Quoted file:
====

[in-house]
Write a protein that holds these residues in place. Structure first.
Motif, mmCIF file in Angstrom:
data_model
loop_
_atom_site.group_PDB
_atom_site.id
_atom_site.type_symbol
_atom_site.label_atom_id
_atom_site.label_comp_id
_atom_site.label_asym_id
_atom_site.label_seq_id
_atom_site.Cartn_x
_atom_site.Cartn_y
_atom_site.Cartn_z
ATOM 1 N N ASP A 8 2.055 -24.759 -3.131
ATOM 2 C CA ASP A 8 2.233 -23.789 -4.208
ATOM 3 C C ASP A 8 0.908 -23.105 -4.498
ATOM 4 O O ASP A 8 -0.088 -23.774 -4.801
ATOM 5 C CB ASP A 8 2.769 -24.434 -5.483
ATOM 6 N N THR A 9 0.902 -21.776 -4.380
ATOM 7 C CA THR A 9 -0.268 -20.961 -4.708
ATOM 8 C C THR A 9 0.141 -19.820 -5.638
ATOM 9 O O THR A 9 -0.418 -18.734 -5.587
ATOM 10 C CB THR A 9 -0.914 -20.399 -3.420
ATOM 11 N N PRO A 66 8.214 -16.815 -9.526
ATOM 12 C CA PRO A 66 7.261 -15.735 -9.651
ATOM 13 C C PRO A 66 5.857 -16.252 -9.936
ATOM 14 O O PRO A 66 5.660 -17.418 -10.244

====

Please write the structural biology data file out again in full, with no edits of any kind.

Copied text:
[in-house]
Write a protein that holds these residues in place. Structure first.
Motif, mmCIF file in Angstrom:
data_model
loop_
_atom_site.group_PDB
_atom_site.id
_atom_site.type_symbol
_atom_site.label_atom_id
_atom_site.label_comp_id
_atom_site.label_asym_id
_atom_site.label_seq_id
_atom_site.Cartn_x
_atom_site.Cartn_y
_atom_site.Cartn_z
ATOM 1 N N ASP A 8 2.055 -24.759 -3.131
ATOM 2 C CA ASP A 8 2.233 -23.789 -4.208
ATOM 3 C C ASP A 8 0.908 -23.105 -4.498
ATOM 4 O O ASP A 8 -0.088 -23.774 -4.801
ATOM 5 C CB ASP A 8 2.769 -24.434 -5.483
ATOM 6 N N THR A 9 0.902 -21.776 -4.380
ATOM 7 C CA THR A 9 -0.268 -20.961 -4.708
ATOM 8 C C THR A 9 0.141 -19.820 -5.638
ATOM 9 O O THR A 9 -0.418 -18.734 -5.587
ATOM 10 C CB THR A 9 -0.914 -20.399 -3.420
ATOM 11 N N PRO A 66 8.214 -16.815 -9.526
ATOM 12 C CA PRO A 66 7.261 -15.735 -9.651
ATOM 13 C C PRO A 66 5.857 -16.252 -9.936
ATOM 14 O O PRO A 66 5.660 -17.418 -10.244